FIG. 4. Dark field TEM of the interfacial region between a carbon fiber and
the Vit 1 matrix. The diffraction pattern of the imaged region is also shown.
FIG. 2. DSC thermogram 共heating rate of 0.33 K/s兲 of carbon fiber reinforce
bulk metallic glass composite and Vit 1.
altered due to the formation of 共ZrTi兲–C at the interfaces
between matrix and fibers, which leads to a depletion of the
matrix of Zr and Ti.
Figure 3 shows the x-ray diffraction patterns with Cu K ␣
radiation of pure amorphous Vit 1, pure carbon fiber, and the
composite sample. The magnitude of the signal of the pure
carbon fiber can be neglected on the intensity scale of the
pure Vit 1 and the carbon fiber reinforced Vit 1. The x-ray
diffraction pattern of the composite shows a superposition of
a broad maxima typical for the amorphous matrix material
and a number of sharp peaks characteristic for a crystalline
phase, suggesting the presence of a mixture of amorphous
and crystalline phase in this composite. The diffraction peaks
were identified as a ZrC lattice pattern. The formation of a
ZrC layer has been reported in the past where it formed
between Zr57Nb5Al10Cu15.4Ni12.6 and SiC and WC.7 From the
peak shift with respect to pure ZrC, the Ti concentration of
the carbide was estimated to be 7%. No considerable
amounts of other phases were detected within the sensitivity
limit of x-ray diffraction.
The interfaces between carbon fibers and the matrix
were investigated by transmission electron microscopy. Figure 4 shows the dark field TEM image of an interfacial re-
gion between a carbon fiber and the Vit 1 matrix. The composite was prepared for TEM investigations and EDX
analysis by the standard polishing, dimpling, and ion milling
technique. A carbide reaction zone is observed surrounding
the carbon fibers. The following general observations were
made relative to the interface between the glass matrix and
the carbon fibers. Starting from the carbon fibers a diffusion
zone within the fibers was observed in which traces of Ni
and Cu were found indicating that Cu and Ni diffuses into
the carbon. This zone has a thickness between 0.1 and 0.3
␮m. However, since NiC and CuC are thermodynamically
not very stable, especially compared to 共Zr⫹Ti兲C, no individual NiC or CuC layers form. A crystalline reaction layer
of 0.3–0.6 ␮m is observed at the former surface of carbon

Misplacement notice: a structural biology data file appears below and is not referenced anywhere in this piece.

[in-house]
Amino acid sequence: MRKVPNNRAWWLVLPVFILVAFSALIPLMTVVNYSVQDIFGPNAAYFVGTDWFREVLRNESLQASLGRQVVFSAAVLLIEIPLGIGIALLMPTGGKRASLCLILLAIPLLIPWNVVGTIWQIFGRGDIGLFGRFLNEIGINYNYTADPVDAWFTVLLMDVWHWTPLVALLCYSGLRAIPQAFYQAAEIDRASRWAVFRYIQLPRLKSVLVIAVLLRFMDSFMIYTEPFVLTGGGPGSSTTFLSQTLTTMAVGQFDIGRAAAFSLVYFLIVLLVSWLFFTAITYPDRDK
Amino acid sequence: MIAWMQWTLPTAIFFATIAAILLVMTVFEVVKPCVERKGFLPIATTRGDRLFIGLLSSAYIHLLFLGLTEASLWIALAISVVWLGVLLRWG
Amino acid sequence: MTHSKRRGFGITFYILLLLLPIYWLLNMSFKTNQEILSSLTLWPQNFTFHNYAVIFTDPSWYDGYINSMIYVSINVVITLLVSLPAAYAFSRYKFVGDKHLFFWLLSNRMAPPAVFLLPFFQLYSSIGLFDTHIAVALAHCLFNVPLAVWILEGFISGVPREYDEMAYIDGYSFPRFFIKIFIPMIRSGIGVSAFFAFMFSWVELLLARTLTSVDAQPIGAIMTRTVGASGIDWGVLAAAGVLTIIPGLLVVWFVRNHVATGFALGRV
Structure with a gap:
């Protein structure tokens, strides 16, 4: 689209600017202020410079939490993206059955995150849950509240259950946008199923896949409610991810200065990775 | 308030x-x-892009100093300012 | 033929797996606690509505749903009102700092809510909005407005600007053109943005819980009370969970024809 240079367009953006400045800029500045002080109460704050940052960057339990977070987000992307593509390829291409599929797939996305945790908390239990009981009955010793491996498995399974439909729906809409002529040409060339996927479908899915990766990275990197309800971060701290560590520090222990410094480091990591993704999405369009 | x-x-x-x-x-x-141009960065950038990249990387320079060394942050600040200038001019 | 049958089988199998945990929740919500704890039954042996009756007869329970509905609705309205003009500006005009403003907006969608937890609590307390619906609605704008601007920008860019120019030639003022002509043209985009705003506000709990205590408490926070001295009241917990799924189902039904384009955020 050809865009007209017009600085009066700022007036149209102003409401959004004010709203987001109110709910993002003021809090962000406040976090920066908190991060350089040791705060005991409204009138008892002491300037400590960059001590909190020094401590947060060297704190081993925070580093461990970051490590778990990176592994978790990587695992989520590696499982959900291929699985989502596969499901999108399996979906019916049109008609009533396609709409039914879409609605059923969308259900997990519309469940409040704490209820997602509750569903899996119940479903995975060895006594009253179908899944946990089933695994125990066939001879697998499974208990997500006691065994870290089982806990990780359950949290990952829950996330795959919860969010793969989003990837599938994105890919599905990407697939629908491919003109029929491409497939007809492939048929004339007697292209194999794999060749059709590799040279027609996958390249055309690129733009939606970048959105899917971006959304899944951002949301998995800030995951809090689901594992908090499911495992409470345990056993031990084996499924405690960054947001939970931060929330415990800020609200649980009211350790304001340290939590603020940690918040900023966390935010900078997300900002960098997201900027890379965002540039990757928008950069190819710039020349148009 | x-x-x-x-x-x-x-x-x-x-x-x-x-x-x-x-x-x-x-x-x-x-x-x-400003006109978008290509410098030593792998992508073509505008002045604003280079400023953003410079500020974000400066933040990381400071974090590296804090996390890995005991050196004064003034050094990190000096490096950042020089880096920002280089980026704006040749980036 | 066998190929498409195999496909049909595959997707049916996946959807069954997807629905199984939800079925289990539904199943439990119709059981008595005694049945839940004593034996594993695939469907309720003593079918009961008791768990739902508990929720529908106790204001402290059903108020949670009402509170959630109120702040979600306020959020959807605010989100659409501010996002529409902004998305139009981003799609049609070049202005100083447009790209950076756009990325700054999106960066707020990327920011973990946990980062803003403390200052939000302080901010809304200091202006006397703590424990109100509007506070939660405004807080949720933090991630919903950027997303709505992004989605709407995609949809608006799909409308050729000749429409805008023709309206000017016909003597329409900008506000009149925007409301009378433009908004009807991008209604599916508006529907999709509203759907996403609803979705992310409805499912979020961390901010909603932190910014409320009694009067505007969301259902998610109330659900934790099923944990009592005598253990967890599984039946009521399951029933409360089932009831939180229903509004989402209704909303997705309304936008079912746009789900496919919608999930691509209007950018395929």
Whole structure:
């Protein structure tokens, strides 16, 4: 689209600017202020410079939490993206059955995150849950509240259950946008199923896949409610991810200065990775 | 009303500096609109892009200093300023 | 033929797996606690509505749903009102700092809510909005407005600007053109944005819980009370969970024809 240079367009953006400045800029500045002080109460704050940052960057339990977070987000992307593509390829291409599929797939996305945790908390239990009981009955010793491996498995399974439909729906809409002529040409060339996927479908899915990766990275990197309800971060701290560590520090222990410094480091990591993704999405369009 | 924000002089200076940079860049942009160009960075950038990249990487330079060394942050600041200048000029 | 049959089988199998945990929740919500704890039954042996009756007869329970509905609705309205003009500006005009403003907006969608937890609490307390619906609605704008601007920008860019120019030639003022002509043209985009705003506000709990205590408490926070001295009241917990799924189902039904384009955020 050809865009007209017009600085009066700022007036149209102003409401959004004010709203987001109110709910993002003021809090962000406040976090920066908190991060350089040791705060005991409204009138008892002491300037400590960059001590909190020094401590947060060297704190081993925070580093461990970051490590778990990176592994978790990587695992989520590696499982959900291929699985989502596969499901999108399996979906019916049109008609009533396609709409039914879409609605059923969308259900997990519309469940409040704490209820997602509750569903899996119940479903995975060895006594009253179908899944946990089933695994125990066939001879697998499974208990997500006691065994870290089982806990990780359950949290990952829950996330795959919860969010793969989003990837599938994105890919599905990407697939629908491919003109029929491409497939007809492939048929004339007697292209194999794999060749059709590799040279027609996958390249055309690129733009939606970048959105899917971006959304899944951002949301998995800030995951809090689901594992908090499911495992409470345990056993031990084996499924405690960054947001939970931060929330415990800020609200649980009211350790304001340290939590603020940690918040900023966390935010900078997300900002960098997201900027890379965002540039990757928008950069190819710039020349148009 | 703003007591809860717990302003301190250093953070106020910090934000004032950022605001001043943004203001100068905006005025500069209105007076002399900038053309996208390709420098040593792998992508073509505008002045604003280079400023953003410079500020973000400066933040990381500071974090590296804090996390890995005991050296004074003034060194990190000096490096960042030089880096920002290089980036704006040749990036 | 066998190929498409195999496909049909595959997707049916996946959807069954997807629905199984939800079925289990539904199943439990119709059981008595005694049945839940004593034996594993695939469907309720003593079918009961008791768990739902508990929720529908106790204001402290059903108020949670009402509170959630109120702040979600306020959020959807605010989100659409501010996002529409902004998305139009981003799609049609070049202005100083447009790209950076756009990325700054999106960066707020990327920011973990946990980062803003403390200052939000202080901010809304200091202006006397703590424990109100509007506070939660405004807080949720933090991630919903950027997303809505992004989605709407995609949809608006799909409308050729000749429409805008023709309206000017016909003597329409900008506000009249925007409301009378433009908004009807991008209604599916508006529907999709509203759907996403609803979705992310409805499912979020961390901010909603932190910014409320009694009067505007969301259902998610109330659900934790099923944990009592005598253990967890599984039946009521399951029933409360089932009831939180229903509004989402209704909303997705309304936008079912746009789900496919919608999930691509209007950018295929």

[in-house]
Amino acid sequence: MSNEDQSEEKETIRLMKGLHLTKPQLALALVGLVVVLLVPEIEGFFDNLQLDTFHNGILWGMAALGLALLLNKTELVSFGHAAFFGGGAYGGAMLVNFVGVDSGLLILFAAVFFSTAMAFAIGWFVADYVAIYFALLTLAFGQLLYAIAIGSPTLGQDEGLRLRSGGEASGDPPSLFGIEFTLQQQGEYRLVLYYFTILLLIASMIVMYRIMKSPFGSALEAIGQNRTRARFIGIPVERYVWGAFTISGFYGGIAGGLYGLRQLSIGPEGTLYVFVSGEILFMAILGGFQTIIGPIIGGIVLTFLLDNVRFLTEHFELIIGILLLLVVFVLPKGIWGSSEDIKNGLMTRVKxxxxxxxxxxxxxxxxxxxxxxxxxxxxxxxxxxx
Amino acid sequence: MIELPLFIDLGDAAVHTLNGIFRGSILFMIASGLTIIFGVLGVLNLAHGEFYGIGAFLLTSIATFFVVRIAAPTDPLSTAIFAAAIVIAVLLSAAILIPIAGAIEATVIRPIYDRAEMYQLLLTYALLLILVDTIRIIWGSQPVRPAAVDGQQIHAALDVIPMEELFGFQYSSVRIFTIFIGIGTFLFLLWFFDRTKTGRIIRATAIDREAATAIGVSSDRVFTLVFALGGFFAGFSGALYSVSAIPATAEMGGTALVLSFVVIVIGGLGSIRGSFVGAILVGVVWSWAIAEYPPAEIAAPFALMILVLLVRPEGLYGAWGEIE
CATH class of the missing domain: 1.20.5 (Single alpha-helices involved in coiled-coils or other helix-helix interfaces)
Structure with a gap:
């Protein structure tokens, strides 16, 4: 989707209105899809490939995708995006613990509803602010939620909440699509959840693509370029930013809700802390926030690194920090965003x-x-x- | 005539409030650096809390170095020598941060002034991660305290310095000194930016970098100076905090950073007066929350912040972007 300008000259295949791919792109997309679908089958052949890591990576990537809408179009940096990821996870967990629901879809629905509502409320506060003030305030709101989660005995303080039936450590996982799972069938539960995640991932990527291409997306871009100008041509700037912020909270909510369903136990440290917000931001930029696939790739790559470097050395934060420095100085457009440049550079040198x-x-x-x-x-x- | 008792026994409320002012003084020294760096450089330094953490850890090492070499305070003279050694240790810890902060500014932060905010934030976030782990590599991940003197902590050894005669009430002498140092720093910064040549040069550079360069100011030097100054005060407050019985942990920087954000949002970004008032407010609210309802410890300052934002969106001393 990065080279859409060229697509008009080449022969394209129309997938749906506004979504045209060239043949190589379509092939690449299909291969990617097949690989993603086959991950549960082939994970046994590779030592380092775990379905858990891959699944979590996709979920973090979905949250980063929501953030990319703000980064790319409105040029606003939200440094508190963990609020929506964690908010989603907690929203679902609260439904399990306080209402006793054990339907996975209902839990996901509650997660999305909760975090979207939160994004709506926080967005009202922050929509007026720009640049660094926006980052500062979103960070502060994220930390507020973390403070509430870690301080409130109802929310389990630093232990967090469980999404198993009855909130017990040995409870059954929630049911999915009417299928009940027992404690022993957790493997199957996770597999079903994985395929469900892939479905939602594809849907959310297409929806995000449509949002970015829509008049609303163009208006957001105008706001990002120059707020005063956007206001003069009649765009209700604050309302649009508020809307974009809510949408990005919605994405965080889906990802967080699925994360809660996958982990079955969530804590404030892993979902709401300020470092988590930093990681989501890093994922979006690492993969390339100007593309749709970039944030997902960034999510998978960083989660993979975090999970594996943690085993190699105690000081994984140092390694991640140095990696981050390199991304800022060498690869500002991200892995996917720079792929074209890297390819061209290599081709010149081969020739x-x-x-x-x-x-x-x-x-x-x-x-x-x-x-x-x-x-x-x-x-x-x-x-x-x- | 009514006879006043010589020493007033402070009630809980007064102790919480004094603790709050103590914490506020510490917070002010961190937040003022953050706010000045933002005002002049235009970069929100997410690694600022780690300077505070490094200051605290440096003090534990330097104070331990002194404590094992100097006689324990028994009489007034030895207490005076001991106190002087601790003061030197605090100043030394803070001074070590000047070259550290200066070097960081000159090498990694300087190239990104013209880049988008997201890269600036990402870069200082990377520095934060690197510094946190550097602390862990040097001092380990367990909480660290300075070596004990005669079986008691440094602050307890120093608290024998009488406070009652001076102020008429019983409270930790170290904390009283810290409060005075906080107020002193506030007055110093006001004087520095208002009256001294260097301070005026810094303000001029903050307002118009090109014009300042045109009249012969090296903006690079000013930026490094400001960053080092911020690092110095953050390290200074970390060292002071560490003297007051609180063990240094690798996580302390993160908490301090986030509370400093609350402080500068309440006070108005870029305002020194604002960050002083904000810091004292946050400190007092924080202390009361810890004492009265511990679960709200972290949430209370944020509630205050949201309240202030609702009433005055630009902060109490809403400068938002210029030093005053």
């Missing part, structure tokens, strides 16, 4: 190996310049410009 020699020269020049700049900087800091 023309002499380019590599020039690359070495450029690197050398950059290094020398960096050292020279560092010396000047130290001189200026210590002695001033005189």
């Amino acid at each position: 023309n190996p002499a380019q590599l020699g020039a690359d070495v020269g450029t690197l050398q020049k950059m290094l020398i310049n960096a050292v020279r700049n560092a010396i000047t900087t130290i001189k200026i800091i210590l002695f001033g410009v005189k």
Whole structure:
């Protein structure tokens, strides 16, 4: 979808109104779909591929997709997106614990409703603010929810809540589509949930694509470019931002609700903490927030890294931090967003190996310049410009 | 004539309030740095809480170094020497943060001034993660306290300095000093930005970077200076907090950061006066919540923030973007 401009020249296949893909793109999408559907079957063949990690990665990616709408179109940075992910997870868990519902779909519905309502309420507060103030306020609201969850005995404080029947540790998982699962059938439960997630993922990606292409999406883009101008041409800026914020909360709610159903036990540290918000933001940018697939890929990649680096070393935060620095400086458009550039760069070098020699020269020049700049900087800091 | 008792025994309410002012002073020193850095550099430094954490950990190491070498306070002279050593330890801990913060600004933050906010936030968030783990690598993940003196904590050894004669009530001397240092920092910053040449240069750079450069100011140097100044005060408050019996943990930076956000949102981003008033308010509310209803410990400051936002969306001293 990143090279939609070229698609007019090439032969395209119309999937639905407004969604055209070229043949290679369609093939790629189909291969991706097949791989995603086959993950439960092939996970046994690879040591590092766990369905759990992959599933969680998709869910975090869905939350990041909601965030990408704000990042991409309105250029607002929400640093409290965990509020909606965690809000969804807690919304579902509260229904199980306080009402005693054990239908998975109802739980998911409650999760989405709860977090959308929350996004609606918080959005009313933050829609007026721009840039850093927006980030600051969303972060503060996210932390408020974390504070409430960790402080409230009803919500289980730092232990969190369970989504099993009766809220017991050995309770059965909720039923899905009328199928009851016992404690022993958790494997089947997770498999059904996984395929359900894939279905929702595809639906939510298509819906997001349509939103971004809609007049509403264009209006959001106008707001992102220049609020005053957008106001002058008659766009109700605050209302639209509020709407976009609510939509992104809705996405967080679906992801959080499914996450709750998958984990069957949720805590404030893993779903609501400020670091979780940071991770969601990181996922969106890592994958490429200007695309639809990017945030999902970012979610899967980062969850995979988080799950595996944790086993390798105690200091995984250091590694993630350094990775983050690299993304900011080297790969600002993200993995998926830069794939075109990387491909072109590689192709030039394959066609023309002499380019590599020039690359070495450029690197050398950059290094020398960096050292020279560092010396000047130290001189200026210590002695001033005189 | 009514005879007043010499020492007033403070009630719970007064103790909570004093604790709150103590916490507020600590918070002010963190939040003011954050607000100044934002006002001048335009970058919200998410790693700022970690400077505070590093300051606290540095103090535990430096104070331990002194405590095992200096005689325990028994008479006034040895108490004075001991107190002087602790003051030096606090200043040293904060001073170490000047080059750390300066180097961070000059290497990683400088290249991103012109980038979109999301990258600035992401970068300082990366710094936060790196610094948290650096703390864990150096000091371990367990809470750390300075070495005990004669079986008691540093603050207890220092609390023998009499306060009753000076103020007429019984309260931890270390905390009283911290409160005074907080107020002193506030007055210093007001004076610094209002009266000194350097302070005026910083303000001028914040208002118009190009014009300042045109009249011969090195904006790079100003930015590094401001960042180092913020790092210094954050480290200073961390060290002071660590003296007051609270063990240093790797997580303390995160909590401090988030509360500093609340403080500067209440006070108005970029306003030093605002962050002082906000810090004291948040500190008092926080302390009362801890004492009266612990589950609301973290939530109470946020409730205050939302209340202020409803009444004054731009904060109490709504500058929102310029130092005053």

fibers. The reaction zone consists of two different layers.
There is a 0.1–0.2 ␮m ‘‘granular’’ layer and a layer of large
crystals at the matrix interface. Both layers have a 共Zr⫹Ti兲C
structure as the TEM diffraction patterns reveal. The large
crystals are high in Zr; the glass matrix adjacent to these
crystals appeared lower in Zr. The ‘‘granular’’ layer close to
the fibers showed a gradient in the Ti content with more Ti
towards the fiber interface. Reaction zones between bulk metallic glass matrix and reinforcement in which a ZrC or
共Zr⫹Ti兲C layer formed have been previously reported between SiC and Zr57Nb5Al10Cu15.4Ni12.6 as well as between
WC and Zr57Nb5Al10Cu15.4Ni12.6. 4 The formation of
共Zr⫹Ti兲C has been observed at the interface between SiC
and Cu47Ti34Zr11Ni8. 7
In conclusion, carbon-fiber-reinforced bulk metallic
glass matrix composites were successfully processed.
共Zr⫹Ti兲C was formed at the interface between carbon fiber
and the matrix. During solidification, no heterogeneous
nucleation in the BMG is observed at the interface between
共Zr⫹Ti兲C and matrix. The metallic matrix retained the amorphous state even though Zr is depleted near the 共Zr⫹Ti兲C
interface to some extent. These results suggest that carbonfiber-reinforced bulk metallic glass composites are promising
candidates for lightweight, stiff materials with improved mechanical properties compared to metallic glass itself.
The authors would like to acknowledge fruitful discussions with Frigyes Szuecs and C. M. Garland for performing
TEM work. This work was supported by the Air Force Office
of Scientific Research 共Grant No. AFS 5 F4920-97-0323兲
FIG. 3. X-ray diffraction patterns of the pure amorphous Vit 1, pure carbon
fiber, and a composite sample.